After covering the defensive ends and tackles, we turn our position to the next level of the defense, specifically the middle linebackers, as we continue our trip around the Tennessee Titans position by position heading into the 2013 offseason.
Things didn't go so well for the Tennessee Titans at the middle linebacker position in 2012. The player who'd looked like a potential star in the making the second half of 2011 got hurt, then got healthy but looked less like a star in the making, then got hurt again. The backup played a few snaps, then got hurt again. The third-stringer came in, and, well, played like a third-stringer, resulting in outside linebackers taking snaps.
Suddenly, a position that seemed solid suddenly seemed much less so, especially because it wasn't the potential star in the making's first injury issue. What, then, should the Titans do this offseason? Will they hope the young player can stay healthy and retain his 2011 form, or do they need reinforcements at the position again?
The young player who seemed like a star in the making was 2011 fourth-round pick Colin McCarthy. If the dominant theme of his rookie season was "hey, this guy's a lot more active than Barrett Ruud," then his second season was defined by "this guy can't stay on the field." He suffered an ankle injury in the season opener against the Patriots and missed the next three games. He played two games, then sat out against the Bills. He played four more games, then sat the reason of the season with a concussion, going to injured reserve Week 17. He played a lot in most of the games he played, finishing with 385 total snaps (34% of the total), but was only active for 7 games.
When he was on the field, he started to remind me at times of former Titans middle linebacker Stephen Tulloch. He continued to attack downhill aggressively much of the time. Like Tulloch and unlike his play as a rookie, I thought he got fooled, both by play-action and by running backs, than he did as a rookie. There's a fine line between being instinctive and just being aggressive, and I thought McCarthy was too often just aggressive last year. Football Outsiders individual defensive statistics indicate that when he made the tackle on a run play, it was successful, but he made that tackle a bit less frequently than he did last year. The Titans credited him with 45 tackles (32 solo). That's a lower tackle rate per snap than each of Akeem Ayers, Zach Brown, and Will Witherspoon. Football Outsiders charting data also suggests he wasn't particularly effective in coverage either, albeit in a pretty modest sample size.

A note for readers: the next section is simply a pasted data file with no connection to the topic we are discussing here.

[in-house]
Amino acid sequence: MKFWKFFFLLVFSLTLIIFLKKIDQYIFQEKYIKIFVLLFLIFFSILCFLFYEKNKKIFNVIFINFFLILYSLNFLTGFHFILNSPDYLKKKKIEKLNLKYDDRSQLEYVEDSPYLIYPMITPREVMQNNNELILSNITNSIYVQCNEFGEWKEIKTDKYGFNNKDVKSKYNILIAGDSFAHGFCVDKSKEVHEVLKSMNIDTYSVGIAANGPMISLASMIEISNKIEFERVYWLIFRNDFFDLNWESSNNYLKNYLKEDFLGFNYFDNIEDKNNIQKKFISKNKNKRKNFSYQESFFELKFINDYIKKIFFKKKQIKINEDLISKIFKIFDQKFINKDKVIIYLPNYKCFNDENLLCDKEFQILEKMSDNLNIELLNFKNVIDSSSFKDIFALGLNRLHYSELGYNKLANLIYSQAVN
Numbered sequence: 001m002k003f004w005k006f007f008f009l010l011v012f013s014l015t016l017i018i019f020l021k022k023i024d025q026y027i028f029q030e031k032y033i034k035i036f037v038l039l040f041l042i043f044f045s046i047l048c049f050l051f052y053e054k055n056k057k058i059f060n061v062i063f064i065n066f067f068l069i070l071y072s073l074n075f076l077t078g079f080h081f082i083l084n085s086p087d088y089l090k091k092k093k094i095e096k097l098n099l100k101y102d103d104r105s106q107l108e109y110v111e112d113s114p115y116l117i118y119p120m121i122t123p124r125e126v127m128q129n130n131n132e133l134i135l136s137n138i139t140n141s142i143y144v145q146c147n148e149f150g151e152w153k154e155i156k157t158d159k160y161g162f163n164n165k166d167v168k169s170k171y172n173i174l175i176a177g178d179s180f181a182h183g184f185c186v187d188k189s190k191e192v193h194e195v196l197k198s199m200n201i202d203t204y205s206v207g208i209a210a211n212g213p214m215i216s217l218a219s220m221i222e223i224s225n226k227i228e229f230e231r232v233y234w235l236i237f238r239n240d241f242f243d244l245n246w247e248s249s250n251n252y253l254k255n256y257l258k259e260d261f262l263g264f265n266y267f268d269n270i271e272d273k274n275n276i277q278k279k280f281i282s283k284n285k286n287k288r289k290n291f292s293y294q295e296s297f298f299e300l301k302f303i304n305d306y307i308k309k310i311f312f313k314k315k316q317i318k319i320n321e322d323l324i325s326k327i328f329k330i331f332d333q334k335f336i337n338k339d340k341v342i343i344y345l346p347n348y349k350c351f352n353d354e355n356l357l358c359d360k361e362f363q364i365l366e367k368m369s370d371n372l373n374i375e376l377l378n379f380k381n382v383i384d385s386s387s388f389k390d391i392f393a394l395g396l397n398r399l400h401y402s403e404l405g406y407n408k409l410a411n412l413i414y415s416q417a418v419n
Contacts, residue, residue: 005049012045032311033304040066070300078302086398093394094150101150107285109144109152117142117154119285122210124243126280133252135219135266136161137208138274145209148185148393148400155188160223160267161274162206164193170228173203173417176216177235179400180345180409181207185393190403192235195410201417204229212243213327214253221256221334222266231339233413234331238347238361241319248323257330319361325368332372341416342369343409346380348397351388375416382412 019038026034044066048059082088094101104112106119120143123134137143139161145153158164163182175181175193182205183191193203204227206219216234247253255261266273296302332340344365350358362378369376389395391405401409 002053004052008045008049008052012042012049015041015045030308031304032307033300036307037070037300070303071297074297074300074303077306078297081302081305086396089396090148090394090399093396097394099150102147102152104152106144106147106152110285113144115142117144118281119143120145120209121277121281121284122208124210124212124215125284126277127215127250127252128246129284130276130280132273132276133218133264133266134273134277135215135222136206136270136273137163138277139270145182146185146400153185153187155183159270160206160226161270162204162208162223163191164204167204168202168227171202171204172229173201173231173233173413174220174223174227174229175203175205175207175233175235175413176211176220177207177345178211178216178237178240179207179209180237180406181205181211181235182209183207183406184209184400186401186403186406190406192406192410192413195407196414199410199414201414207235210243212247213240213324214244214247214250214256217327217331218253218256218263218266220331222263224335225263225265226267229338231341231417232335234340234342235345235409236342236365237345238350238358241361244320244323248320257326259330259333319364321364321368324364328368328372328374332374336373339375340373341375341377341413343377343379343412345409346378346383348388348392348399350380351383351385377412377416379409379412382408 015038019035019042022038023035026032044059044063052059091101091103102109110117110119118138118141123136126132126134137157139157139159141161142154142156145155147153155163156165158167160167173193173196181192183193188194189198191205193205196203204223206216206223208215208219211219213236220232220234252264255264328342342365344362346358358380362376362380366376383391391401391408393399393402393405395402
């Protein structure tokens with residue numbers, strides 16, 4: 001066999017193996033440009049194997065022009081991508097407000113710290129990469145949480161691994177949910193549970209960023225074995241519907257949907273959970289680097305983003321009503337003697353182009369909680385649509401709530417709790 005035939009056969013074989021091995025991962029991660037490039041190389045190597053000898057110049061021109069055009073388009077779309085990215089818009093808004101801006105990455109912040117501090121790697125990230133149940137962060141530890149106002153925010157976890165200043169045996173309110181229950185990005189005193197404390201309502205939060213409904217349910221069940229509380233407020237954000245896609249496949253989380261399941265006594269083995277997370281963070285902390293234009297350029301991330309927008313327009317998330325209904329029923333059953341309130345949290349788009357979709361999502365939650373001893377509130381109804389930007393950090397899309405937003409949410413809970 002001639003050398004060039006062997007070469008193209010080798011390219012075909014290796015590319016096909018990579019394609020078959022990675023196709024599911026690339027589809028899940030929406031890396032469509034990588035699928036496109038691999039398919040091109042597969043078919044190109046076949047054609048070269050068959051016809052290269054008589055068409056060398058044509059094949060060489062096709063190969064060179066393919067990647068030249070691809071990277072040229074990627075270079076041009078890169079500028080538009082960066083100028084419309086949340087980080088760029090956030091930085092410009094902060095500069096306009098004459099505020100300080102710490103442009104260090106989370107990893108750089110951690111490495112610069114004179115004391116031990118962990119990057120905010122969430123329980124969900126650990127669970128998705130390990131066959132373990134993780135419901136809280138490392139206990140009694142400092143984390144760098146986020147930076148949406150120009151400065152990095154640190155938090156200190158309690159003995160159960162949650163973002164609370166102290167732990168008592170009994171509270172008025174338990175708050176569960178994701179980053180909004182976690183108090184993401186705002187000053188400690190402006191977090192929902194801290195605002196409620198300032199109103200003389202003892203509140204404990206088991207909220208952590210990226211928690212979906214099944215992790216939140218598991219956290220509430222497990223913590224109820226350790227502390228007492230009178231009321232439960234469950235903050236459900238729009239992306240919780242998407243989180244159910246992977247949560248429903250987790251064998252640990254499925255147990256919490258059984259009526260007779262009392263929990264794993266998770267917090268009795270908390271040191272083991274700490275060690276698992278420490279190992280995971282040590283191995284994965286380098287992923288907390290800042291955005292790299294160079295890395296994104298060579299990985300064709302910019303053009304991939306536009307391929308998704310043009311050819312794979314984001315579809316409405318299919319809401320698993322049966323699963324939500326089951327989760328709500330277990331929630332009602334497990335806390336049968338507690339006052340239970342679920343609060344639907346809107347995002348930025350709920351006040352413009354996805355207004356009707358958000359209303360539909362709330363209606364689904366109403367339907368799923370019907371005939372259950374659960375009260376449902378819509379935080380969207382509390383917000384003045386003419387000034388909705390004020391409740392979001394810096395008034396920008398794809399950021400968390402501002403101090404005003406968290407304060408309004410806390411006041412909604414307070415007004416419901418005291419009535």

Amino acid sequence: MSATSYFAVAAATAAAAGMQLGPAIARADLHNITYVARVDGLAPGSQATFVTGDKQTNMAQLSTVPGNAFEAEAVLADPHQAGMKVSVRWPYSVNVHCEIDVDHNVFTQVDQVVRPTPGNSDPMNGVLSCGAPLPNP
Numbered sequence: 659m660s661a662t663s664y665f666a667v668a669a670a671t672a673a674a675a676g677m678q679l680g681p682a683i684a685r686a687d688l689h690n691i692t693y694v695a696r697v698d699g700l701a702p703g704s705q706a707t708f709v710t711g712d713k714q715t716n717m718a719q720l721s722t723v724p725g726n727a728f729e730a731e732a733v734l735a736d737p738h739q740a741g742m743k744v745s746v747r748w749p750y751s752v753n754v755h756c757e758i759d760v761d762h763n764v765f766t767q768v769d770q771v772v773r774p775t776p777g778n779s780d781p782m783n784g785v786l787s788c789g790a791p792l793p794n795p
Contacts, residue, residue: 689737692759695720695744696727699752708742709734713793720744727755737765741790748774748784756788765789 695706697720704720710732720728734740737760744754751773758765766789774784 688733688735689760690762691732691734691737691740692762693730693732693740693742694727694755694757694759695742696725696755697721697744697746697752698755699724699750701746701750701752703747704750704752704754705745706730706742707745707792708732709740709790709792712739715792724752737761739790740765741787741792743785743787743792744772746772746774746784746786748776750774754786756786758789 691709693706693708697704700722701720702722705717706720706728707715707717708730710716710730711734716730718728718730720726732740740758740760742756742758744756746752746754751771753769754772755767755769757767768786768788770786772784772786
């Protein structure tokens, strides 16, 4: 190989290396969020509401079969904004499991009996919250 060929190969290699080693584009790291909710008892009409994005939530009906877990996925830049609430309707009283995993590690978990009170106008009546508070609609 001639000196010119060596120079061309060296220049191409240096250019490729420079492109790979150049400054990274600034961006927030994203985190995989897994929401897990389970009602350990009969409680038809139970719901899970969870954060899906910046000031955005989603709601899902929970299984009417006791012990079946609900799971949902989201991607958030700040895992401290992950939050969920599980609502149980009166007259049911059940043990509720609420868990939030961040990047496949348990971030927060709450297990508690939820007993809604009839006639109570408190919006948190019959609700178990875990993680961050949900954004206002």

I suspect a lot of the mistakes I saw came from a combination of the ankle injury and inexperience. The injuries, both the ankle and the concussion, are a bit of a concern though. One of the reasons McCarthy fell to the fourth round was collegiate shoulder injuries that took him off at least one team's board entirely. Ankle, shoulder, and concussion injuries are completely different, I know. The shoulder is supposed to be healed. The ankle injury should be fine by training camp 2012. Concussions can be a "you never know" thing, but I expect him to be fine by training camp or well before then. Still, I admit I'm at least minorly concerned.